Google And Lenovo Launch First Standalone VR Headset



nless you’ve been living under a rock since New Years, you’re probably aware that Lenovo has recently announced the first self-contained VR headset, called the Lenovo Mirage Solo. It is based on Google’s Daydream platform and, whilst it supports the same experiences, it’s actually a standalone piece of hardware (not a shell powered by a mobile phone). Unlike Google’s headsets, the Mirage Solo also lets users walk around virtual space using inside out “WorldSense” tracking.

Most VR video will look exactly the same with or without inside out tracking, so you have nothing to worry about on this front.

Google announced their standalone Daydream headsets at last year’s I/O conference and an internal prototype was made available for people to trial. This newest announcement from Lenovo, however, provides us with a fuller picture of the product, including what it will look like and its specs.

Although its black and white design is reminiscent of Samsung’s Gear VR, the Mirage Solo also has a headband shape that’s more similar to the Sony PlayStation VR or Samsung Odyssey.

The Mirage Solo is based on Qualcomm’s Snapdragon 835 VR platform. It has 4GB of RAM, a promised battery life of seven hours, a weight of 645 grams (one of the heaviest mainstream VR headsets on the market), a 5.5 inch LCD screen, 1280×1440 pixels, 64GB of storage, and a microSD slot for more space.

It is also rumoured to have a play space diameter of around 1.5 metres, which is far less than you would get on high-end tethered headsets (like the HTC Vive, which lets you move up to 16 feet diagonally) but is still quite a reasonable range of motion. It doesn’t have fully tracked motion controllers, however. Instead, it uses the same motion-sensitive remote that other Daydream headsets do. Full-hand tracking technology is a little ways off, according to experts.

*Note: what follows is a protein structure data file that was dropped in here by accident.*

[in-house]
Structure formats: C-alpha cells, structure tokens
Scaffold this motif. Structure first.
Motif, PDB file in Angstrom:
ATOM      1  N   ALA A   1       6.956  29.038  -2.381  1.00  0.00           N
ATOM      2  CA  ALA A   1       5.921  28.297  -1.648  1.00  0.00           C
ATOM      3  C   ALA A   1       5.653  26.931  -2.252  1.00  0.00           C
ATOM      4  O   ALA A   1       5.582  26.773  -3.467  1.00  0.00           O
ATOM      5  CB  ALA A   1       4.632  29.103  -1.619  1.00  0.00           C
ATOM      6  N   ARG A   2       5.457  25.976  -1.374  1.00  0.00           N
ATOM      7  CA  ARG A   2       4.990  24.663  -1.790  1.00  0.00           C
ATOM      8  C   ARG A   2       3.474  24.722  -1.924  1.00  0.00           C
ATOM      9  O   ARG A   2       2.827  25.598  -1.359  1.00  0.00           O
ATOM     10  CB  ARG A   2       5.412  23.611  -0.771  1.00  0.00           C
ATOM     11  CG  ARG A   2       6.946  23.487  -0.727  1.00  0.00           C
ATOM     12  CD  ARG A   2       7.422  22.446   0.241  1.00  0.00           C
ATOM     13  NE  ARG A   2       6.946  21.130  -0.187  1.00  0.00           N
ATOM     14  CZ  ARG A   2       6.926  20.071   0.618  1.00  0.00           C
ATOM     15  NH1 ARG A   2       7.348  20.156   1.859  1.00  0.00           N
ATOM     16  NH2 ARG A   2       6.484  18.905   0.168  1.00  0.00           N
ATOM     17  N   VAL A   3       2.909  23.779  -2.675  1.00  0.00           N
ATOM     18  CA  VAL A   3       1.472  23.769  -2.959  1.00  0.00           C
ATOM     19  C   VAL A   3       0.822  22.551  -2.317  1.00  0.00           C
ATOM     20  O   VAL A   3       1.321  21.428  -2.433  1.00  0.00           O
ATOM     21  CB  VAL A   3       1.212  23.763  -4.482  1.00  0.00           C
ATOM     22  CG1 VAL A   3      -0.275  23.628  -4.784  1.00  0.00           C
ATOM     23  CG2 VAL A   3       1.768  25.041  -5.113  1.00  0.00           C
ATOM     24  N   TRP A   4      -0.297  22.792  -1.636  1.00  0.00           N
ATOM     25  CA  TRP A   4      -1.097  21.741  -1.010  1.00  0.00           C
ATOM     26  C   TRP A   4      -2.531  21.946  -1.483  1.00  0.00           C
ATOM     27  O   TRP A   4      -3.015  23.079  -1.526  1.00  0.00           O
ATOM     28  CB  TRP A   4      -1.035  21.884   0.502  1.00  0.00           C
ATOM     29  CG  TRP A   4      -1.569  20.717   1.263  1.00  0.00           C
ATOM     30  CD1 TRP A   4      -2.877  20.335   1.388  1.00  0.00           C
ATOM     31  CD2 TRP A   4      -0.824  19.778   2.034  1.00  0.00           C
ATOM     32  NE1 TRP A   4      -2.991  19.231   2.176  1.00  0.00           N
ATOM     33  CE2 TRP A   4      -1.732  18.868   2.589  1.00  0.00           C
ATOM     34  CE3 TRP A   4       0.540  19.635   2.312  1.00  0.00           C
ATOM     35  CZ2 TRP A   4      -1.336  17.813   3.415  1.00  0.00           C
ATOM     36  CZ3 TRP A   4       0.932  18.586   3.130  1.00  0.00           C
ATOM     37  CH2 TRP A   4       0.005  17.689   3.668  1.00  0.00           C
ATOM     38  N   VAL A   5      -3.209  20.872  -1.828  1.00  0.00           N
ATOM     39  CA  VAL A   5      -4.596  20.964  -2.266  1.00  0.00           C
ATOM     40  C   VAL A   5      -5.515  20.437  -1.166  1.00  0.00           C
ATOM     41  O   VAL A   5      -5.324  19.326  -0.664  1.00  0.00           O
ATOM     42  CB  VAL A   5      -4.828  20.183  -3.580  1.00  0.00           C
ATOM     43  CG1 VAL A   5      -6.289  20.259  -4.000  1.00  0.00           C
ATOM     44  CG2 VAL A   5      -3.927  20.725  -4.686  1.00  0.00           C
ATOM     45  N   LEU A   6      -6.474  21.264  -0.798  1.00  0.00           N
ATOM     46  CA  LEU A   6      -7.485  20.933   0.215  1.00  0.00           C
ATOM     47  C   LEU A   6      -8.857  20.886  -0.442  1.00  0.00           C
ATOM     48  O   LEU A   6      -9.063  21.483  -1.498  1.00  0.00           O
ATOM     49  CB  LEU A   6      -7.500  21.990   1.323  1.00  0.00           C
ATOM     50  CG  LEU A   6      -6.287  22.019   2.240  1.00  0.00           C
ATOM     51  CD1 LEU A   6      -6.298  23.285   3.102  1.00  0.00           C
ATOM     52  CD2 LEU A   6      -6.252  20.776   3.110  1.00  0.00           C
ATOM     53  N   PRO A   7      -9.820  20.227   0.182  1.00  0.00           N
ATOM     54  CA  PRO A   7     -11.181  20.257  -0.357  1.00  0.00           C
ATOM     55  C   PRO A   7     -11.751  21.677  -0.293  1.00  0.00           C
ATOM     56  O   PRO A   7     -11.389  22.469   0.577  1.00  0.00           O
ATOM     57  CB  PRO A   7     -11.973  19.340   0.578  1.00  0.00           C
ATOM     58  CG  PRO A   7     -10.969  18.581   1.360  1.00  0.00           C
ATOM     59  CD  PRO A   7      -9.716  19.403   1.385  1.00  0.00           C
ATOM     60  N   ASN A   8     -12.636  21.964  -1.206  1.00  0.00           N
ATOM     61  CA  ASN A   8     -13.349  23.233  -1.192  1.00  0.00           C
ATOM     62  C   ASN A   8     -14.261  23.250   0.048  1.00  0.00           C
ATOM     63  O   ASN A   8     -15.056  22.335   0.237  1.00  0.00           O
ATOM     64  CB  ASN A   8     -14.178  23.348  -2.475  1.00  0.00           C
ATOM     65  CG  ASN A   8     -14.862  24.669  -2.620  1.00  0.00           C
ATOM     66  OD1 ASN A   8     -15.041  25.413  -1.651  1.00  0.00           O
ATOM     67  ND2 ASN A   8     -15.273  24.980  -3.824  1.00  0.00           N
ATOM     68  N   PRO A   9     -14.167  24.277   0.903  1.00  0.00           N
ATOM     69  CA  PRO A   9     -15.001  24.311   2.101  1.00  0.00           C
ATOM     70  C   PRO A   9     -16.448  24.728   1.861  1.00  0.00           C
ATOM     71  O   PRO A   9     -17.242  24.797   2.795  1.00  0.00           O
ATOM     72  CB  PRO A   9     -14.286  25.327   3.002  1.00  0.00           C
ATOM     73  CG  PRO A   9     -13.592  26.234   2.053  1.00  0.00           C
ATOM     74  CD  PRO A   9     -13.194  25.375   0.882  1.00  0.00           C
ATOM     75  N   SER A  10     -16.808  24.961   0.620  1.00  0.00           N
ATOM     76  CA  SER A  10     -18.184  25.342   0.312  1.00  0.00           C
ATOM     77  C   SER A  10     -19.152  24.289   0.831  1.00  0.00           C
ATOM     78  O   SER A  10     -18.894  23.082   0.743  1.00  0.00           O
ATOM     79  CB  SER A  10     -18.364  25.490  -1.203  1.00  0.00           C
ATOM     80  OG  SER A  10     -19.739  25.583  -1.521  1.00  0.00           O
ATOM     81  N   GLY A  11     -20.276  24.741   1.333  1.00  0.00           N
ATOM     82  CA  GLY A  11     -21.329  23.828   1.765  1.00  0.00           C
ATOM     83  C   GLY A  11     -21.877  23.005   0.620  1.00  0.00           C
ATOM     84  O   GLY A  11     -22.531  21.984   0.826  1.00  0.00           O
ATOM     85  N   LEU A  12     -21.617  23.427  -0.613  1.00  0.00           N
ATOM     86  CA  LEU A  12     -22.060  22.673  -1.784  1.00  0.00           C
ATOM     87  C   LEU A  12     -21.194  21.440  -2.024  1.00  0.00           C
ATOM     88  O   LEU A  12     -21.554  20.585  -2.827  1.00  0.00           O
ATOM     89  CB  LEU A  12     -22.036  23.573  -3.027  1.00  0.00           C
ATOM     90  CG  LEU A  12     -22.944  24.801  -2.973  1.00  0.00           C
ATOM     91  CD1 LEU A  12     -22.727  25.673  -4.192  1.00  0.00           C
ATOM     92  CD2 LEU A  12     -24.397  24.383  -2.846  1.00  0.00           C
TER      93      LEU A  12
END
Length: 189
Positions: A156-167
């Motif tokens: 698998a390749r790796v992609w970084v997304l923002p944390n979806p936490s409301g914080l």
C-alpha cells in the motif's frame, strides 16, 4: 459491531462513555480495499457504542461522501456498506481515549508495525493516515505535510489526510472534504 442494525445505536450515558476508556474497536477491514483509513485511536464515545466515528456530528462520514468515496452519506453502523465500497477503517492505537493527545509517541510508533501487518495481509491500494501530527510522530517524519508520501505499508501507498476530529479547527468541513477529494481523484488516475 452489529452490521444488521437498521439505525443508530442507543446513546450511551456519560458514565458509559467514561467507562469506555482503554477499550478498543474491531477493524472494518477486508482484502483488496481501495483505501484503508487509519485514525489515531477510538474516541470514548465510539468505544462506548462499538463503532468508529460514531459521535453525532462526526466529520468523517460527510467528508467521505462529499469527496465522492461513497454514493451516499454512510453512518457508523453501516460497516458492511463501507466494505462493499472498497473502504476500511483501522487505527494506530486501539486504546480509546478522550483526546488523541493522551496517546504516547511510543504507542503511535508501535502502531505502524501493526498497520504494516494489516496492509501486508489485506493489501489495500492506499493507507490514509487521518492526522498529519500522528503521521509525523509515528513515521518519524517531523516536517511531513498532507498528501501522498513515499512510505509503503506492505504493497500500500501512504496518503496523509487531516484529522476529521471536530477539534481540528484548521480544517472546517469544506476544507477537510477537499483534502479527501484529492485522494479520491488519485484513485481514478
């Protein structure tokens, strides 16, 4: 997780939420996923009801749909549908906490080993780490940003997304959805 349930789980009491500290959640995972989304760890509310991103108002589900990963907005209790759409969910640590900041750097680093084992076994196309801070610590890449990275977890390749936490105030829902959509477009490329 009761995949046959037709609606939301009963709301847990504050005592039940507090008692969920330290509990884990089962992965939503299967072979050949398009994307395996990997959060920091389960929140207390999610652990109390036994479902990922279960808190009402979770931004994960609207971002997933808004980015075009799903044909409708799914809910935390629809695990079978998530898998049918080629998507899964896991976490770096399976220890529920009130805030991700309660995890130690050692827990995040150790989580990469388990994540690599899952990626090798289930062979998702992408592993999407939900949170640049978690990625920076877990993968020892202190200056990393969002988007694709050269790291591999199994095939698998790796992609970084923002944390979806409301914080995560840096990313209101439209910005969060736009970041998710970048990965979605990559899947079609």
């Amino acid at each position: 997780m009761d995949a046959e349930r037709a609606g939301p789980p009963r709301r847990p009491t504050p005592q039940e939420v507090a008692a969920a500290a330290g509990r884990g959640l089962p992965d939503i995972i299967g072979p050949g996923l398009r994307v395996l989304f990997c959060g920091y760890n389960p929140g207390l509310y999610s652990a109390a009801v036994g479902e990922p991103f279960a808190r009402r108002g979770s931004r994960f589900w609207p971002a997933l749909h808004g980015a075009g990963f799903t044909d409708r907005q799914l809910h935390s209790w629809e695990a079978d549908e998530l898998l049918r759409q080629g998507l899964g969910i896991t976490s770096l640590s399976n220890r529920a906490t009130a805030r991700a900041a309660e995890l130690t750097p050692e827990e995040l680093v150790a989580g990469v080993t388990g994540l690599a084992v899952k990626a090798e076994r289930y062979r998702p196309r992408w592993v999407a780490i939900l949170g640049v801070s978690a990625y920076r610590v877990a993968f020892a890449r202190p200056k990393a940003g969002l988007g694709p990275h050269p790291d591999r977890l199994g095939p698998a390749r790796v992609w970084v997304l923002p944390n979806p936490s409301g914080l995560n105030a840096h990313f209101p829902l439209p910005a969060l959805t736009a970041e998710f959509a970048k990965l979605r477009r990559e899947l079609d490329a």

Lenovo is also promoting the Mirage Solo alongside a YouTube-focused camera, which can be purchased separately.

Whilst the price hasn’t yet been set in stone, all reports point to the Mirage Solo being cheaper than the Vive but similar cost-wise to the Oculus Rift or Sony PlayStation VR. No matter what, we can expect it to be more expensive than the Oculus Go, which is priced at $199 – this device doesn’t feature inside out tracking, however, and tethered headsets like the Rift require an external console which adds further to the cost.

At this stage, it is expected that the Lenovo Mirage Solo will cost less than $400 and will be launched alongside the Lenovo Mirage VR streaming camera (which is rumoured to cost less than $300). Both devices are expected to ship sometime in the second quarter of 2018.

The Mirage Solo is an interesting experiment for both Google and Lenovo, but it is still yet to be seen how exactly it will change the Daydream landscape. No matter what, it has become clear that self-contained headset design and inside out tracking are two of the next steps for VR. It’s exciting to see Google and Lenovo showing us what the future may look like.

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